It will be called “A Watch Upon the Border”. Most likely it will feature pre-generated characters (from Essentials/PHB), although those first in will have a choice. It will focus on adventures in the east of Volkrania, the Ashes of Freedom setting, but will take place some years before; between the end of the Orcgate War and the Purge of Fire. The PCs will be low level, but there will be plot hooks aplenty that I can work in as the stage is set for future events in AoF. Player-wise, I’d be looking for 4-6 players. It’s only going to be a short campaign but by using pre-gens it means anyone can pop in and play. The forum thread I’ve created at ORC Edinburgh can be found at http://orcedinburgh.co.uk/forum/Games–Players-Wanted/13411-d-d4e-border-watch.
One of the biggest problems for me in the past has also been the miniatures and terrain – and that’s expensive! However I think I’ll be able to muddle through with the miniatures I have, and an improvised “battlemat”. The miniatures I ordered as part of the Reaper Miniatures Kickstarter (Vampire level) won’t be here until next year. However, I’m also investing in the Legendary Realms Terrain Kickstarter as well – their stuff is very nice. There’s another reason too: Legendary Realms is the Official (TM) 🙂 scenery of The Secret Fire RPG, a game I worked upon last year, both in development and playtesting. Look out for the Demons supplement I wrote coming out soon from Secret Fire Games!
Improvisation isn’t really an art as such but it can work extremely well when your players go off on one of those tangents that they love to do so often… and I know some players love doing it to games. The secret is: don’t let them know that you’re winging it. Or give them enough rope to hang themselves. Whatever works 🙂
Some of my most fun games have been run off a few notes and maps, and both myself and the players have enjoyed them immensely. It’s actually quite straightforward to run an improvised game, although you paradoxically need to plan ahead to a certain extent. Make sure that you’ve got a pile of stock NPCs or monsters to use and that you’ve a few encounters that you can throw in to break things up.
Among the improvisation techniques I’ve used, the application of “imminent peril” is probably one of the best. It puts PCs in a situation where they have to keep moving as they are being chased or are up against the clock. It worked very well in my first game of Ashes of Freedom as the group are pursued across Volkrania by the Mandragora, trying to avoid their forces and warn the capital. Encounters with heavily armed patrols and unrelenting attacks meant that the PCs (and players!) had little time to rest. The game was almost entirely improvised – as long as you’ve got the stats for some stock characters/encounters you (and your players) can have a great time!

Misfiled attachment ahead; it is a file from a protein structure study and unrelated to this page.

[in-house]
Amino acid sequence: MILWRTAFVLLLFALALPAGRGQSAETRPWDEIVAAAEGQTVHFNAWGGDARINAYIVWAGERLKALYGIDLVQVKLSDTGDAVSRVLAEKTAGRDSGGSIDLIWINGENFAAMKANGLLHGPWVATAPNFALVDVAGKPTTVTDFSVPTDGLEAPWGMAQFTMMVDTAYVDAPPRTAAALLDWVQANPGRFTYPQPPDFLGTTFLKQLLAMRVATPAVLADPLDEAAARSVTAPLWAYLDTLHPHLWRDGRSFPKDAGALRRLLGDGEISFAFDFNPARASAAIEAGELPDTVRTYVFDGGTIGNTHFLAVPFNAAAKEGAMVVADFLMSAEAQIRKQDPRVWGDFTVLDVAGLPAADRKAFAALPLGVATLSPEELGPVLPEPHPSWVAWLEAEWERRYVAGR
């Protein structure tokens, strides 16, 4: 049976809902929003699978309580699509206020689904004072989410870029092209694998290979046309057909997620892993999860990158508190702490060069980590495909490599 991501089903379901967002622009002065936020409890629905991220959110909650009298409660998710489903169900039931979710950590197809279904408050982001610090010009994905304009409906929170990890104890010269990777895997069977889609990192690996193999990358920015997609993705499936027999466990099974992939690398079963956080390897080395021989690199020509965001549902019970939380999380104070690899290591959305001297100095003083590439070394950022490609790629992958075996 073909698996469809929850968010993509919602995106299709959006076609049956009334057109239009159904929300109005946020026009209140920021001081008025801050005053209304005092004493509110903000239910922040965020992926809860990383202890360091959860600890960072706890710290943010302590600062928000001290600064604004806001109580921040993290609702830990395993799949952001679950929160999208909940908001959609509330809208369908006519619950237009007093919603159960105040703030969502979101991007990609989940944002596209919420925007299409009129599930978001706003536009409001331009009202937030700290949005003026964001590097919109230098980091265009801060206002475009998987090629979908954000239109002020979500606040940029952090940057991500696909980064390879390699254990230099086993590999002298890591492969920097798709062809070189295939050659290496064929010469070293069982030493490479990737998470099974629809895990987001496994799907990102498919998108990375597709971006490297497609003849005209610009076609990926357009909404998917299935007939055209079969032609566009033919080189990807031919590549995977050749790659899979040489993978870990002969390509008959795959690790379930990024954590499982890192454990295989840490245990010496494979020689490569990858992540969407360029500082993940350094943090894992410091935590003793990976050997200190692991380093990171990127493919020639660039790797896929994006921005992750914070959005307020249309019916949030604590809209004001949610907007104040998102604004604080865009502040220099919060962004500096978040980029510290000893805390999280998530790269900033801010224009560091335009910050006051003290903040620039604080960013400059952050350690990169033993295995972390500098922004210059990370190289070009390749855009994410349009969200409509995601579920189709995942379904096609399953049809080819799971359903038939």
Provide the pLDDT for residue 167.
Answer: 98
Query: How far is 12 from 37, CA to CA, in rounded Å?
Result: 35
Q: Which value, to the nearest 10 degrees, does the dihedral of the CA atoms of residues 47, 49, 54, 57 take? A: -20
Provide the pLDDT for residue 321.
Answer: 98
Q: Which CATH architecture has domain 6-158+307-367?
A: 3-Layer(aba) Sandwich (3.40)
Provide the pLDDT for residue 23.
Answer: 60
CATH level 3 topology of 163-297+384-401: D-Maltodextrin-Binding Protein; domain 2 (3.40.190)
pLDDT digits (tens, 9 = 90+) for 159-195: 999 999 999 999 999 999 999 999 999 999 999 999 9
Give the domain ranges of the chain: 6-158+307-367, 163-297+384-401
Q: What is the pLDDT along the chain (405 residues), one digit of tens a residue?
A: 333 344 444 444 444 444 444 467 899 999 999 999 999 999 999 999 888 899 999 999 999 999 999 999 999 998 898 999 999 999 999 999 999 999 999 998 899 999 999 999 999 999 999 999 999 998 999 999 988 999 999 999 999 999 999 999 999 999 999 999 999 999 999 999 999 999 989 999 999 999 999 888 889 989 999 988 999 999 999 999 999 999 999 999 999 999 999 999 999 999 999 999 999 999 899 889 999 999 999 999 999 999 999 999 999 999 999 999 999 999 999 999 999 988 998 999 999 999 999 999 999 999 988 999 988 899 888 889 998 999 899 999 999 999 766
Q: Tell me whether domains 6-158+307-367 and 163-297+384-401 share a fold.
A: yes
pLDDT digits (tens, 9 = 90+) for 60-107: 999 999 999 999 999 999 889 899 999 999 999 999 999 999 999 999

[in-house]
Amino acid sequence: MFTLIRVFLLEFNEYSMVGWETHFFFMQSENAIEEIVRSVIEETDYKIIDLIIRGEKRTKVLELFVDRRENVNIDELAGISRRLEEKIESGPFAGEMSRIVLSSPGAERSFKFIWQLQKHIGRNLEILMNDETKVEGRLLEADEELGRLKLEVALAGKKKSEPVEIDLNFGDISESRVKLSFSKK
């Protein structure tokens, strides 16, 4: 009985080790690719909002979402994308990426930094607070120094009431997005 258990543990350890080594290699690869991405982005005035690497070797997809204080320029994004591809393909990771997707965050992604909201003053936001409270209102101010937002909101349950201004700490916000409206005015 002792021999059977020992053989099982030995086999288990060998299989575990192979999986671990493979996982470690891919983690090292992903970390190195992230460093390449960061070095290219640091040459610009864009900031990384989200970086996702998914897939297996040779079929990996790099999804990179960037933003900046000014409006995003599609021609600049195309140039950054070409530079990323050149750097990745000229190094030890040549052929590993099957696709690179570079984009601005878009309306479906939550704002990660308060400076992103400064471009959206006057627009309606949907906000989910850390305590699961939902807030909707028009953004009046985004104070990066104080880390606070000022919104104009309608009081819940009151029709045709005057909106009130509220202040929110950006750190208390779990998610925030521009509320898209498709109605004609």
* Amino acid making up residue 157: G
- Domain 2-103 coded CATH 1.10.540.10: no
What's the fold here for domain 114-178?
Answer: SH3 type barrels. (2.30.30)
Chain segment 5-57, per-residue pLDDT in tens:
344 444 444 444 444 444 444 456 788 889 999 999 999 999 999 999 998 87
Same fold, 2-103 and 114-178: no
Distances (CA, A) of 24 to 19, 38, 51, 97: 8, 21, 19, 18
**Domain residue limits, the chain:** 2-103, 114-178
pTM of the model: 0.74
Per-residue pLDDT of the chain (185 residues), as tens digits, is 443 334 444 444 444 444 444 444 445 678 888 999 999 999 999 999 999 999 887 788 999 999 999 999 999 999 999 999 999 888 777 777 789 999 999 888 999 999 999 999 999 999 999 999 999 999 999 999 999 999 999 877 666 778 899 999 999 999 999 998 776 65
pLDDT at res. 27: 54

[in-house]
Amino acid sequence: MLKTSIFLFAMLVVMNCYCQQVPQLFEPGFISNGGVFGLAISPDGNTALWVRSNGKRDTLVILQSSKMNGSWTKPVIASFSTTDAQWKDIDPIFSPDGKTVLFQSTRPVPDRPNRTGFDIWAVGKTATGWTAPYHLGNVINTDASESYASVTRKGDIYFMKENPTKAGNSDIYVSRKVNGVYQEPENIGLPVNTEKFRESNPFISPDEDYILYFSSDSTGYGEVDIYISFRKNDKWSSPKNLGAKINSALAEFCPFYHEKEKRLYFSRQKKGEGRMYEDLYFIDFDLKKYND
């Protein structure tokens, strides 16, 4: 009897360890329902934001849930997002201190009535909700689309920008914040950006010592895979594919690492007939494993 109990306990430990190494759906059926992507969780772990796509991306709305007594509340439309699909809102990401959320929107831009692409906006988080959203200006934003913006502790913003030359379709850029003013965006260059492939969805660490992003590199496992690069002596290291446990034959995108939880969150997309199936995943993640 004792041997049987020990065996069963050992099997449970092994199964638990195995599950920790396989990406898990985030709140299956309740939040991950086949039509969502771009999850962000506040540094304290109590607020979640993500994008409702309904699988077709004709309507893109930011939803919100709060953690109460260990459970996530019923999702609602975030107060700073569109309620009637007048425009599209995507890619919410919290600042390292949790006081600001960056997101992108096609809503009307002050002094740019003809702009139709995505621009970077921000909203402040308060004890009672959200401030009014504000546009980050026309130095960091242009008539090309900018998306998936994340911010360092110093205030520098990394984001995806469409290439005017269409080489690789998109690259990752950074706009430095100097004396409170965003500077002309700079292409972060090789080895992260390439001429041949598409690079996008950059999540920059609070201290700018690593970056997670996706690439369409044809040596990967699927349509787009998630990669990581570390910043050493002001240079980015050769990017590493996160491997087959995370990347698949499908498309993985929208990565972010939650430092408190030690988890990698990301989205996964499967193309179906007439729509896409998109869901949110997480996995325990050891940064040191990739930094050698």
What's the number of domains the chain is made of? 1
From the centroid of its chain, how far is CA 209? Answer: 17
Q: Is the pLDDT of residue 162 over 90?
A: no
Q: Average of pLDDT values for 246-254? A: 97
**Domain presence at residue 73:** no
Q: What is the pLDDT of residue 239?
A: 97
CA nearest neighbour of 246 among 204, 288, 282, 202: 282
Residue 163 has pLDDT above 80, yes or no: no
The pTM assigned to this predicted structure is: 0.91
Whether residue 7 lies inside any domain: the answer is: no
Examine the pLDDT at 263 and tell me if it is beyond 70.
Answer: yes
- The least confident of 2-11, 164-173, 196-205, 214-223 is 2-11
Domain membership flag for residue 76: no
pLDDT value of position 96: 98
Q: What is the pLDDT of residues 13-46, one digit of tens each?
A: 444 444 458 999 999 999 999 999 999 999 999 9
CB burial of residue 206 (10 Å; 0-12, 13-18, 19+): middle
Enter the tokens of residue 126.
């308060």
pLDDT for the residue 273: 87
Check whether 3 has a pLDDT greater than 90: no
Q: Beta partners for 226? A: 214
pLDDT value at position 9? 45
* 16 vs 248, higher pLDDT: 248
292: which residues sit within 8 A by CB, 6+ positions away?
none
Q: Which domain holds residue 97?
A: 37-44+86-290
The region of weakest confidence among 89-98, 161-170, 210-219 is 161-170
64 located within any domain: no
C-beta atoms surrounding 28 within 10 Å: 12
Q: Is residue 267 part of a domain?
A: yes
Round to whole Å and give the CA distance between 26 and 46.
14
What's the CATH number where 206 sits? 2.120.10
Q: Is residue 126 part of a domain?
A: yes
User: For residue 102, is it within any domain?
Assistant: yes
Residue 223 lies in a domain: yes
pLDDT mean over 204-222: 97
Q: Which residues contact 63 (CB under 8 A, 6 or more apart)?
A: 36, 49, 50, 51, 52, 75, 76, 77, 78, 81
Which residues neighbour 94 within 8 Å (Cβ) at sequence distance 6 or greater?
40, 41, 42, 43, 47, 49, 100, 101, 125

Another of my favourites is the total improv(isation) campaign – all your plot is centred upon the PC actions and their consequences. This can be hugely difficult to plan for obvious reasons, so its pretty heavy work for the GM and can be difficult to run. Take away the toys. PCs thrown in prison or going undercover are not going to have much more than their own wits to help them out. Against the Odds was built upon this premise, with the group being escaped prisoners: no armour, food, weapons, or gear. The players would have to rely on their wits and creativity – particularly since they escaped into an area known as the Hellswamp. I’d planned to make the campaign about toppling the ruler, and creating a resistance force/rebellion.
Superhero/spy games are a great fun to improvise in, where you can wing it freely and give the players free rein as it were. I remember playing in a Marvel Superheroes game many years ago that basically focussed on us opposing the robotic Sentinels (long before the X-Men movies!). Oh, the elaborate schemes we came up with…